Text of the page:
Allow meat to fry in remaining oil until it is dark brown. Cooking time approximately two hours. Serve with white rice.

Kari Ikan (Fish Curry)
Serves 4 people, more for a rijsttafel

No sampling of Indonesian dishes would be complete without seafood or a curry. Syamsul and Beverley Bachri, owners of
Bachri's in Pittsburgh, Pennsylvania provide us with the perfect marriage, a fish curry, and a simple one at that.

1 Tb. oil
1 onion, sliced
1 tsp. grated fresh ginger
8 kemiri ground
1 tsp. curry powder
2 tsp. kecap manis (sweet soy sauce)
2 tsp. lemon juice
1 cup water
4 fish fillets
2 scallions, chopped

Heat oil in a wok, add sliced onion, and stir-fry until tender. Add ginger, kemiri, and curry powder, and stir-fry over low
heat for 3 minutes.

Add kecap manis, lemon juice, and water, and bring to a boil. Reduce heat and simmer for about 3 minutes.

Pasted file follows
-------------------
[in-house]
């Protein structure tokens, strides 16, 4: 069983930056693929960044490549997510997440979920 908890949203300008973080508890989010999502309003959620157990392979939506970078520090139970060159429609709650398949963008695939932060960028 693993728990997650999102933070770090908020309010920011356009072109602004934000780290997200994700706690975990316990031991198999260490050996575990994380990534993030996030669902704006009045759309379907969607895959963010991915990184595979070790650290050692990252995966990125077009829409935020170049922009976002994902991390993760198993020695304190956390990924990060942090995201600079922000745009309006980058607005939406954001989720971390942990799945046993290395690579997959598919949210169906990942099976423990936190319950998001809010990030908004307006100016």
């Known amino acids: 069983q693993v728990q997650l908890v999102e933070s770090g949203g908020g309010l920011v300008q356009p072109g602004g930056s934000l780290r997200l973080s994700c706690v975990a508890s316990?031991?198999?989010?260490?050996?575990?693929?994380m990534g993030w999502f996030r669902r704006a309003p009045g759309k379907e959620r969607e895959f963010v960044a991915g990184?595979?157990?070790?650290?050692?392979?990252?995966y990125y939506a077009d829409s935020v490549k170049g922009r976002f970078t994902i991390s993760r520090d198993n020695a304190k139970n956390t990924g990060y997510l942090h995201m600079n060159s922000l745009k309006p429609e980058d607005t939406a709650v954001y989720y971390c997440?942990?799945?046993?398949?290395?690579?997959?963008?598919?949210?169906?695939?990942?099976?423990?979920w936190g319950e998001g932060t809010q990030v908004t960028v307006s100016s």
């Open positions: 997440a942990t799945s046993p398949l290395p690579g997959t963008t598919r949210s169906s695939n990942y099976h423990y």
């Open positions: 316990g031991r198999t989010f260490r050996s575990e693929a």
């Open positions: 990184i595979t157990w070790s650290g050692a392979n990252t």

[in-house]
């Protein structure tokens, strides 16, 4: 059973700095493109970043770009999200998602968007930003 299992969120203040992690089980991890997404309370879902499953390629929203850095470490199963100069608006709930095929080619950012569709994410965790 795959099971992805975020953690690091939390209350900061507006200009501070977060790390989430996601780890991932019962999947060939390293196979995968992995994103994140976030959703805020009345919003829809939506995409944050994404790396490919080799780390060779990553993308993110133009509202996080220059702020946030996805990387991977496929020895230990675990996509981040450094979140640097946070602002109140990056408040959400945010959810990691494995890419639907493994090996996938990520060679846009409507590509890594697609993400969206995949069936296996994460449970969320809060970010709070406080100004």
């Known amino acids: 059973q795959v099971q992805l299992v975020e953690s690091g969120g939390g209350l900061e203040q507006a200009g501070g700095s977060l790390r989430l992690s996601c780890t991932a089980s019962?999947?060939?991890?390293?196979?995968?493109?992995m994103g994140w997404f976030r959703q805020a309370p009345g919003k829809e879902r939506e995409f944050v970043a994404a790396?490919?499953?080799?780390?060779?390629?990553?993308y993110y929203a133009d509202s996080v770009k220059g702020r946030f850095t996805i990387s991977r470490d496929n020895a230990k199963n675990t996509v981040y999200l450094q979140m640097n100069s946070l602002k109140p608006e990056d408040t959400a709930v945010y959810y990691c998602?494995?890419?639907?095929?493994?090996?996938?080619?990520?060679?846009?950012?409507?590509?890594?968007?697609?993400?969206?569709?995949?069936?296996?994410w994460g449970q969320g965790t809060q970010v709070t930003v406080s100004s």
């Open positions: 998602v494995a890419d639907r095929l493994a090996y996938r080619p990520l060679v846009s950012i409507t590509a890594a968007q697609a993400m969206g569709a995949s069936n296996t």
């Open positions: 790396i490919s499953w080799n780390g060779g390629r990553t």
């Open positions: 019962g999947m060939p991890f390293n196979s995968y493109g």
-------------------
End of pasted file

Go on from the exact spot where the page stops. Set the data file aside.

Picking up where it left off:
Add fish fillets in a single layer in the wok. Cover and simmer for 5 minutes on each side or until the fish is done. Place on a platter, sprinkle with chopped scallions, and serve with sambal and sliced cucumber salad along with white rice.

Semur Daging (Slices Of Beef In Soya Sauce)
Serves 3 or 4, more for a rijstaffel

On my first night in Jakarta, my hostess prepared semur. No doubt she felt it would be easy on my wimpy western palate, but I found its sweetness strange and exotic. Of course a palate trained in the Midwest during the fifties and sixties would have found anything exotic! Now that I have toughened up, I know to serve a dish like this with plenty of sambal for a balance between sweet and hot. This is Syamsul and Beverley Bachri's version.

1 lb. beef roast, thinly sliced
2 shallots, sliced
1 clove garlic, finely chopped
2 Tb. kecap manis (sweet soy sauce)
2 Tb. butter